It’s official – consumers love their convenience (with a caveat).
On Thursday Macy’s announced that it will close down another 68 stores and cut an additional 6,200 jobs, Kohl’s announced holiday sales were down 2.1% while holiday sales overall were up 3.6%, and Sears sold its iconic Craftsman brand to Stanley and announced it would close 109 Kmart and 41 Sears stores. This is a continuation of a trend a long time coming. Macy’s, Nordstrom, JCPenney, Sears and other department stores have seen in-store sales per square foot decline 24 percent since 2006.
This news came on the same day Amazon announced its Fulfillment by Amazon service delivered more than 2 billion items around the globe in 2016, grew more than 50 percent during the holiday season, and is in talks to purchase American Apparel.
Why are physical stores struggling to draw in shoppers and earn sales? Clearly the popularity of digital commerce is rising. But it’s not just the convenience of shopping at home, it’s about giving shoppers options – allowing consumers to buy products however, whenever and wherever they want. It’s also about personalization and creating a seamless, engaging and memorable shopping experience regardless of what channel customers are using.
Another factor is the high cost of maintaining a retail space in a shopping mall, particularly for anchor department stores. Department stores need to close hundreds of locations if they want to regain the productivity they had a decade ago. Research from Green Street Advisors estimates that the closures could include roughly 800 department stores, or about a fifth of all anchor space in U.S. malls.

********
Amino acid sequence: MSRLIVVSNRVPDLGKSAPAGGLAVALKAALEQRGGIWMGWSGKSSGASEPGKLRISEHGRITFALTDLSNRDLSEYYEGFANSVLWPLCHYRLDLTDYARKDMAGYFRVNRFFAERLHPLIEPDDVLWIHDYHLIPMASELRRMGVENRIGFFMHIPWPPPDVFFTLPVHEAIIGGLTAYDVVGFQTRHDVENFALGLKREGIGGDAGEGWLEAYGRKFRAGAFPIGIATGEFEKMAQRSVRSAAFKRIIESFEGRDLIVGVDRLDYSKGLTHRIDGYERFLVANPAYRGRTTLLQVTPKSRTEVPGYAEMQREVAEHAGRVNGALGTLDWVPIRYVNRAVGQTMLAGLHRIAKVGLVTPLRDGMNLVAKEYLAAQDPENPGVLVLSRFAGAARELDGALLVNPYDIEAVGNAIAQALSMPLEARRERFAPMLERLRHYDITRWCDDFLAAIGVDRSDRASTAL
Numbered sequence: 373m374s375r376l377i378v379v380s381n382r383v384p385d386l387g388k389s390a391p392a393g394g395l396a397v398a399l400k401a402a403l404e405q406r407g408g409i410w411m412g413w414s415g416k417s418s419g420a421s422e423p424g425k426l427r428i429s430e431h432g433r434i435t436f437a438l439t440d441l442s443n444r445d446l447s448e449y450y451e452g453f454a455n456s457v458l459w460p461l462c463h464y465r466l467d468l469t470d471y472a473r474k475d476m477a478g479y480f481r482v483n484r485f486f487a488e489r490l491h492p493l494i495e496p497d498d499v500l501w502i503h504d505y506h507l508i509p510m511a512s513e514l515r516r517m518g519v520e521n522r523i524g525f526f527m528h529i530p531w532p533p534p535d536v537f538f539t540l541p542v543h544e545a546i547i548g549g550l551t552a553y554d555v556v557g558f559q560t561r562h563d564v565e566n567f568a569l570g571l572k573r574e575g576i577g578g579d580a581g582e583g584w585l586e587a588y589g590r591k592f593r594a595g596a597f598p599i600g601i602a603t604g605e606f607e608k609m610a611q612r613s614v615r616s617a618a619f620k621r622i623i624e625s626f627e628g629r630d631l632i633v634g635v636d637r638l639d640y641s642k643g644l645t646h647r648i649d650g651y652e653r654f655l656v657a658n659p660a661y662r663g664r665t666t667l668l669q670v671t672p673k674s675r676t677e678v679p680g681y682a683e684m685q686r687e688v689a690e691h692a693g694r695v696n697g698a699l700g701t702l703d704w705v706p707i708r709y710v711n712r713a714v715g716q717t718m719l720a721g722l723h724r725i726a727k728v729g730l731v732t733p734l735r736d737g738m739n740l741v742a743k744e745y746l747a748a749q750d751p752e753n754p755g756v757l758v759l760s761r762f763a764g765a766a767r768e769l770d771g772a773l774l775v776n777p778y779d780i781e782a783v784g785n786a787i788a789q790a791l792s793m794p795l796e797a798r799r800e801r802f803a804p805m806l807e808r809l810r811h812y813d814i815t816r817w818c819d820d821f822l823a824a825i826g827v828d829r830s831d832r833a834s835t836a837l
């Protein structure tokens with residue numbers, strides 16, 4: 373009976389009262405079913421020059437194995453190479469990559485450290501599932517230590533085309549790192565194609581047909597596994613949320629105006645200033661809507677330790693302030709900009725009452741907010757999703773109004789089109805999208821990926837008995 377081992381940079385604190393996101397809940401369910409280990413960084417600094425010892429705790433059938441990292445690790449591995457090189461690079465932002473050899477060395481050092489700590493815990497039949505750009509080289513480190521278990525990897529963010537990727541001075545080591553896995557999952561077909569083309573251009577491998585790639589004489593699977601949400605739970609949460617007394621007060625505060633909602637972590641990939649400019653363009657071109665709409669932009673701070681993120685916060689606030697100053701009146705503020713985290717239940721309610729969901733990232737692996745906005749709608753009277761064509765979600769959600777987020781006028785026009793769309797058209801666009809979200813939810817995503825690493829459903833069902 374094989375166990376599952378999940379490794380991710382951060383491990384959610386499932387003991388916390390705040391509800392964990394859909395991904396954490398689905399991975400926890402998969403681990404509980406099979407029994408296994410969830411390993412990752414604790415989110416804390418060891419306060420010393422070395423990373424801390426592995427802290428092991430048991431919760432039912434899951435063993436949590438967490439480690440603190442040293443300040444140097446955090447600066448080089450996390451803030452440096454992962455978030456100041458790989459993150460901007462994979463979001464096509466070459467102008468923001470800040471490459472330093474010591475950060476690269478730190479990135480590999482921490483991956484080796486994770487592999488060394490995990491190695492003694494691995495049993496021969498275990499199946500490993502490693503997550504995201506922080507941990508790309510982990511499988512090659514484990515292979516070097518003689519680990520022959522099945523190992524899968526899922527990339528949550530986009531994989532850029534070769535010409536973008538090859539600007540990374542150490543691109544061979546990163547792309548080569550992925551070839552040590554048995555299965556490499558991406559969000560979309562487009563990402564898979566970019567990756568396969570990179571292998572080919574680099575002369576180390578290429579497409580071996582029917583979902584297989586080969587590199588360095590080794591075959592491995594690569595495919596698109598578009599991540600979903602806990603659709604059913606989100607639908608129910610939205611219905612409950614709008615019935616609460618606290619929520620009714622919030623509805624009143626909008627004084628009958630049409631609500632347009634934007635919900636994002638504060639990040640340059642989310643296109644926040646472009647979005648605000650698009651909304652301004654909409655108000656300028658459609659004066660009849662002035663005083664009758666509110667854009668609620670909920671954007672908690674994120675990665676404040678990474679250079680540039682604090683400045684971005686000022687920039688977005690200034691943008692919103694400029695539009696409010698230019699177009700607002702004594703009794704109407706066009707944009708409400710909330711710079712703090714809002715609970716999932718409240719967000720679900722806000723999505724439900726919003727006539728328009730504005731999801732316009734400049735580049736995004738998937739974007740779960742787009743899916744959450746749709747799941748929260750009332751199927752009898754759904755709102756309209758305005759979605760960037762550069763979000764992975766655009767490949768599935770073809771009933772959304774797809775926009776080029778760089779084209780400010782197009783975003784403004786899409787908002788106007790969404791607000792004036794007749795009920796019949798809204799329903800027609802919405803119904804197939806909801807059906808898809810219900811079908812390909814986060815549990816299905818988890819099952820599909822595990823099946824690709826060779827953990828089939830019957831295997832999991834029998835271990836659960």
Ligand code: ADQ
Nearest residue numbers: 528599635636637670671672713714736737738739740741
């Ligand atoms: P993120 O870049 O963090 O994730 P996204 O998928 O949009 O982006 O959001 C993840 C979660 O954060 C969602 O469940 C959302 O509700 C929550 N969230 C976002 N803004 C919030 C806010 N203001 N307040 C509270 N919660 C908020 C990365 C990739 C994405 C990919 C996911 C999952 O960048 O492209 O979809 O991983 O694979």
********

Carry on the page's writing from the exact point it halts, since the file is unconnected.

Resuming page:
Mall owners are also proactively seeking retailers that do a better job of driving shoppers to the centers and lifting overall mall sales. Landlords are nudging out big box chains in favor of sporting-goods retailers, fast-fashion chains, supermarkets, gyms, restaurants, movies theaters and other types of entertainment as they seek to keep their properties relevant in an age increasingly dominated by online shopping.
Finally, the type of retailers occupying malls today is vastly different than just 10 years ago. Exclusive specialty retailers that offer luxury items find malls very attractive because shoppers still want to try on the ring, sit on the loveseat, or feel the heft of the copper pot before buying it and bringing it home. So while for most consumer goods such as clothing, if you know your size, shopping for the best price and free 2-day delivery is the way to go. When shopping for that expensive gift, we still want the service provided by specialty retailers.
Note that regardless of what they’re buying, consumers want service, it’s just that services means something different based on the good.